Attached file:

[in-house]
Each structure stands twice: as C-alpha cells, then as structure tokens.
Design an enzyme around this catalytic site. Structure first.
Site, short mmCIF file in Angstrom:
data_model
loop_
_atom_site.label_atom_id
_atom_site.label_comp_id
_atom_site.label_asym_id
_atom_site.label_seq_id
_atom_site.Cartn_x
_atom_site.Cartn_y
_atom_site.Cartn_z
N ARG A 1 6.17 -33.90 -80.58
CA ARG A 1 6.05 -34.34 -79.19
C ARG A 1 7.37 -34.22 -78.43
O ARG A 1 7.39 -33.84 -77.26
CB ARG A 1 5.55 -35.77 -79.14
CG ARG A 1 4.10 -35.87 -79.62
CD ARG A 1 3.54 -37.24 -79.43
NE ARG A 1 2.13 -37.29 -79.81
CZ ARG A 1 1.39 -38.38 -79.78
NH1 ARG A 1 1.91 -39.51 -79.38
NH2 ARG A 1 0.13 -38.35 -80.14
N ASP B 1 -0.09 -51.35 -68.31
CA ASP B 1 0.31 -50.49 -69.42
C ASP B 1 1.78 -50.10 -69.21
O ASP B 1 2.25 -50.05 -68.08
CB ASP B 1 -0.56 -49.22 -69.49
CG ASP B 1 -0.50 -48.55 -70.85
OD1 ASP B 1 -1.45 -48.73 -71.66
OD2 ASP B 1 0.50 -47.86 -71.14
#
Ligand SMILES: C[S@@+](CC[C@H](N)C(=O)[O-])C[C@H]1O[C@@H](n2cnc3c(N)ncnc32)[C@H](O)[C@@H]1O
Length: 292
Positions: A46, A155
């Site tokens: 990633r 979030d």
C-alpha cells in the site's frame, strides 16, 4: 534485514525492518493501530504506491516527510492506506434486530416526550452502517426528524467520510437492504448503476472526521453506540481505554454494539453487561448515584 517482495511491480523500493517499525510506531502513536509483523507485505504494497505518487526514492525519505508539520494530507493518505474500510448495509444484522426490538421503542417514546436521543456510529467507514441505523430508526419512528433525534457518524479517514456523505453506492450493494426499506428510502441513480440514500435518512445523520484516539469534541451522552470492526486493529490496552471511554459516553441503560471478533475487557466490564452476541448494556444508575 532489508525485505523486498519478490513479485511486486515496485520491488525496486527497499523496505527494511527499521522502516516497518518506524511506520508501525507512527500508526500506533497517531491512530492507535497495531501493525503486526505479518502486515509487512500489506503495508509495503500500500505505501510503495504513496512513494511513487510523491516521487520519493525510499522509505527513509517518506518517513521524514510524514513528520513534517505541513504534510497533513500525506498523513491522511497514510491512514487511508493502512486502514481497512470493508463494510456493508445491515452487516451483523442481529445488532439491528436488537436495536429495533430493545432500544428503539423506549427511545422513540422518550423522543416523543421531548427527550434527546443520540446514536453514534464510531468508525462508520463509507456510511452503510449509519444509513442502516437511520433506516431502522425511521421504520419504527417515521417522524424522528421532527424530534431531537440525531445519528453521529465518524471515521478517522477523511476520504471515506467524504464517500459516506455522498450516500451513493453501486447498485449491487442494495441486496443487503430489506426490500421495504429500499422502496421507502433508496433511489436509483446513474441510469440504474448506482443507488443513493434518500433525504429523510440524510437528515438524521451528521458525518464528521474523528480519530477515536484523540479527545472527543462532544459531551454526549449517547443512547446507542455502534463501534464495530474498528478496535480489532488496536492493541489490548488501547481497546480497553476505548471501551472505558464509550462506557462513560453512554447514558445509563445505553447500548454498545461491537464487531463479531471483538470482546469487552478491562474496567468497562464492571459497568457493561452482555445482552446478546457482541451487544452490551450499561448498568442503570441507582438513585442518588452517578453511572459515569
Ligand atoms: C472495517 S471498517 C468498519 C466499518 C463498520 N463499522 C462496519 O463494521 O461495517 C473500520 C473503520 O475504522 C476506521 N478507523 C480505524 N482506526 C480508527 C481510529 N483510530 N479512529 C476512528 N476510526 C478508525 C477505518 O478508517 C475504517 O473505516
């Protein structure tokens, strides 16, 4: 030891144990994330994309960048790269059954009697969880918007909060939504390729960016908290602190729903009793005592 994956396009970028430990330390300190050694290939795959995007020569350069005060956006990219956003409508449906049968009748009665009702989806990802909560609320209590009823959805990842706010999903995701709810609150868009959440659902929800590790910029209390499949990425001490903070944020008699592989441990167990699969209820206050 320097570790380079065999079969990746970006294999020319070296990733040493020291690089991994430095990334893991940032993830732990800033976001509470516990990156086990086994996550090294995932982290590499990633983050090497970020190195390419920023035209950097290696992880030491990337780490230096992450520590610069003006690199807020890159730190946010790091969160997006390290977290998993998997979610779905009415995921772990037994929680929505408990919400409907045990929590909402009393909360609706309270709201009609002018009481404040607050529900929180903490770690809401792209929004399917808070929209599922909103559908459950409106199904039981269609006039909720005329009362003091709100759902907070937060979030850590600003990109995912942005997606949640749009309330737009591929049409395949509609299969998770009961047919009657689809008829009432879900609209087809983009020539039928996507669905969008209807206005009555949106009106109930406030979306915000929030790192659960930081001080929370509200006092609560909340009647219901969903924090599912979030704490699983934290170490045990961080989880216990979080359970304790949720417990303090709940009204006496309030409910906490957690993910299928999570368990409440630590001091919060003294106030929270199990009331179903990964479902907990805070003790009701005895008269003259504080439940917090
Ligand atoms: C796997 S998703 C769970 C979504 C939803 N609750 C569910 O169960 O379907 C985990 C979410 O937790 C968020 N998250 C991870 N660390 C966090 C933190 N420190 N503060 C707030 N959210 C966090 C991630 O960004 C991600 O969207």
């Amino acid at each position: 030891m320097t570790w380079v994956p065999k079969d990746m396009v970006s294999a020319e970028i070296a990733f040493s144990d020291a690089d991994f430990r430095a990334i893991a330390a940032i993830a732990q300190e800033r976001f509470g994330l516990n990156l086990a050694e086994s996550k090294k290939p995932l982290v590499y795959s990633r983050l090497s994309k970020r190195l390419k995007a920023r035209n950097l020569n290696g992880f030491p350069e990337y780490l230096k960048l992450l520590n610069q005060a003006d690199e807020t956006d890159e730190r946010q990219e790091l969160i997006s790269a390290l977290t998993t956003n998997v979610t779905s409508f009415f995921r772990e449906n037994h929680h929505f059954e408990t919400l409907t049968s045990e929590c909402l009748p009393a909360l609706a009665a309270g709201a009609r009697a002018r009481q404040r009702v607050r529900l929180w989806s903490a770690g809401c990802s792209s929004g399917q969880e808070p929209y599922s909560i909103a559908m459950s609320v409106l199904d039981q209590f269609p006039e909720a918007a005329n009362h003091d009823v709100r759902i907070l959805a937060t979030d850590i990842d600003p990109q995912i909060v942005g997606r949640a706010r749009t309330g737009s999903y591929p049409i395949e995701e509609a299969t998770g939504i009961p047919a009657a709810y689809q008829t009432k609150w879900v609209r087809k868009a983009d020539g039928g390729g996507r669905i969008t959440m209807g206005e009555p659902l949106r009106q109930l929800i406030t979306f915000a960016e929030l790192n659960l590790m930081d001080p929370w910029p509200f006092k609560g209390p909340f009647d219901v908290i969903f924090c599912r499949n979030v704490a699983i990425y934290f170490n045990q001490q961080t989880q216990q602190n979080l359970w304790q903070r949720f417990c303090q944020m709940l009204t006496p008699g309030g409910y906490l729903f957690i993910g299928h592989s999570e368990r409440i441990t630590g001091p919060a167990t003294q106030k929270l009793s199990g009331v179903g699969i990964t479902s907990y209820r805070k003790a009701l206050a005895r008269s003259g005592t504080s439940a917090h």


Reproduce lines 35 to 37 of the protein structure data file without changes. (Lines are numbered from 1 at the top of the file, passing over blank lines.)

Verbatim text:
Length: 292
Positions: A46, A155
């Site tokens: 990633r 979030d």